A twelfth piece about a model railway – who’d have thought it.
Some progress this time on a number of stalled fronts, so happy with the work that has been done.
Last time saw the bridge built. This has now been fitted into place along with further fixing of the inclines on both sides – using PVA for the bridge and No more nails for the polystyrene and cork of the inclines. Once weighed down to set I have noticed that one side isn’t quite in line – so will need to build up the cork to remove a 1/4in high lip.
To give it a reason for being there, I’ve picked up a couple of culvert arches – so will place one each side of the lower board and run ‘water’ between them.
The bridge is now fixed, the bridge deck painted and ready for some track and ballast.
Talking of ballast, I had a go at setting up the trackbed for that complicated three way point – an initial undercoat of brown, followed by a grey coat on the narrower track bed and sprinkled a mixture of ballast on there and spray glued it in place. This was a trial as I didn’t want to add too much ballast after fixing the track, as it could gum up the mechanisms, but wanted to avoid having completely bare patches under the movements. In the end leaning on that area means you come away with ballast stuck to you so it hasn’t set too well.
The point itself has three wires to feed through the board to power the various ‘frogs’ – those small bits of track that need to switch polarity depending upon which way it is set, and another two holes are needed for the point motor to switch them.
Having worked out all the wiring on the workbench, I made all the necessary holes, checking there was enough play for the mechanisms by poking a 1mm drill through the relevant places, ensuring all could move, then glued down with PVA (once again avoiding the mechanisms). To be honest, and I’m sure those more experienced on here will attest, it is better to glue down the track before adding any of the ballast or you do not get a decent purchase.
After drying I began the process of fixing the point motors under the board. It quickly became apparent that this was going to be a problem – the brass screws that hold the motors in place were not finding enough to fix into the soft baseboard – it was like trying to screw them into a sponge. I opted to mount the points onto pieces of plywood, which gave a solid fix, then stuck/glue the plywood wedge to the board. Brass screws are very soft, way too soft for that marine plywood, so pre-drilled holes were essential. The 1mm bit lasted until halfway through the second solenoid before snapping, halting proceedings. At least one of the two is now in place!
With that on pause until more drills arrive, I finally tackled the power setup. The idea was that this layout can be broken down and stored with minimal fuss, with a series of audio 5 pin din plugs passing power between each board. I wired the power controller into the board with that three way point on it, as much of the electrics is now in place there. Getting power to the track is through powered fishplates – always the red one to the outer track.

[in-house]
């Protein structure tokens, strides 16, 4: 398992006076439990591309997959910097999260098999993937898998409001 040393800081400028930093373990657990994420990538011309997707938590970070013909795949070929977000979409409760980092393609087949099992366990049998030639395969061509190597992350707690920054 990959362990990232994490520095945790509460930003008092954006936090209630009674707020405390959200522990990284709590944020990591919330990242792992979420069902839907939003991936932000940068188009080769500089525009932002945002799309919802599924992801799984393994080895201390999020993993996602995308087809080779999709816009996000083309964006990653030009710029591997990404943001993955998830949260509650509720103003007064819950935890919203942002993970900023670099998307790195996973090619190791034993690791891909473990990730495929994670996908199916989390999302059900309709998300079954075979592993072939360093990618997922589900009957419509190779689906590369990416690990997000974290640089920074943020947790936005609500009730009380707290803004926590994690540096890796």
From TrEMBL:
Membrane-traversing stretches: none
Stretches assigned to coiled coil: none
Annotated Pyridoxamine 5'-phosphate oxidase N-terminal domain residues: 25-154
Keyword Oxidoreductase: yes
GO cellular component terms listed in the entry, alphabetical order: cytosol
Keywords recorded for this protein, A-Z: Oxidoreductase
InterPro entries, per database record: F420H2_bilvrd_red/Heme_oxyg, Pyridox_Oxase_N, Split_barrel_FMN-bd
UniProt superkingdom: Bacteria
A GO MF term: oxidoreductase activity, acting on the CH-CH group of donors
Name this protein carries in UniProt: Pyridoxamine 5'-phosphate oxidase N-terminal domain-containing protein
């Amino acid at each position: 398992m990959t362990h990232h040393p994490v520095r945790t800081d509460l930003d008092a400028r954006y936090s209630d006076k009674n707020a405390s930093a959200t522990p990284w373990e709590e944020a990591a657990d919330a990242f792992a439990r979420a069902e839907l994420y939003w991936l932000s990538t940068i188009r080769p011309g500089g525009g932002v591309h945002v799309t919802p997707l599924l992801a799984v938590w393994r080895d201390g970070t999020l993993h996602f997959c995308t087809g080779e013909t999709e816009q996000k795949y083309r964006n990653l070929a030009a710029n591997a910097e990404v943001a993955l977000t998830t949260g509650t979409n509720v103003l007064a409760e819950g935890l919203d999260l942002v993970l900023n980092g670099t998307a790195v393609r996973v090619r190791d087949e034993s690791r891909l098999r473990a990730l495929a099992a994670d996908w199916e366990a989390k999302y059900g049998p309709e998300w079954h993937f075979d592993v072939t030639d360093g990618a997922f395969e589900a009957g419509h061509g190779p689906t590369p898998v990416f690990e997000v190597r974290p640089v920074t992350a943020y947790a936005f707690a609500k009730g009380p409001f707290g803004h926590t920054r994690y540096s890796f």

Two of those feed the threeway point and run into the mine. I set up the junction for that line on the neighbouring board with the necessary power fishplates. After tracking down one broken join, was very pleased to see the power indicator show all was well, so we now have two of the four main boards wired and ready for track.
This week has been mostly about terrace backs. Last time I mentioned that we had some low relief shop fronts and terrace houses. I finally managed to track down a couple of matching kits that give the back to a pair of those buildings.
As usual it involves lots of curtains, windows and a lovely kit to make up to while away the hours during those working from home meetings. I’ve managed to get the construction time down to one kit per day. A couple of backs now made – that’s enough for four buildings.
I also tracked down a kit for a chapel. It is one of those small plastic kits made by Peco, which is pretty enough itself, but all their kits seem to be the size of a single garage – so more of a wayside shrine that a full chapel. It needs some paint, but is built now, along with another garage.
I must move on to painting stuff – I’ve ordered and received an airbrush and compressor but getting people to ship actual paint is less common as shipping liquids involves a lot more regulations, so makes it expensive for small pots. I’d need thinners too, so may have to wait until the ‘non-essential’ shops reopen. I know my local model shop has a wide range in stock but doesn’t put them on his website for shipping.
I have done a bit of painting, when doing the trackbase for the bridge, I also started some painting for the village main street. Once that is dry and the terraces lined up, I’ll know how much more paving is needed as plenty has ben supplied with the kits already made. I added some bus parking outside the mine – a printoff that eats your printer ink from Smart Models.
Purchases this week also included the first people – some miners for the mine – they are slightly smaller scale of HO, but being in the background means it helps to make it look a little more distant, and some people for the town, in 50s clothing, all stored away for when the place is ready.
I have now run out of kits to build so will have to make an urgent purchase of more! Most here suggested a pub, so I’ll have to see what types are available – the mock Tudor type being relatively uncommon in villages such as this. The miners will have to do with Bob’s bottle shop until something suitable is found, cheers!
© Sweaty Dave 2021
The Goodnight Vienna Audio file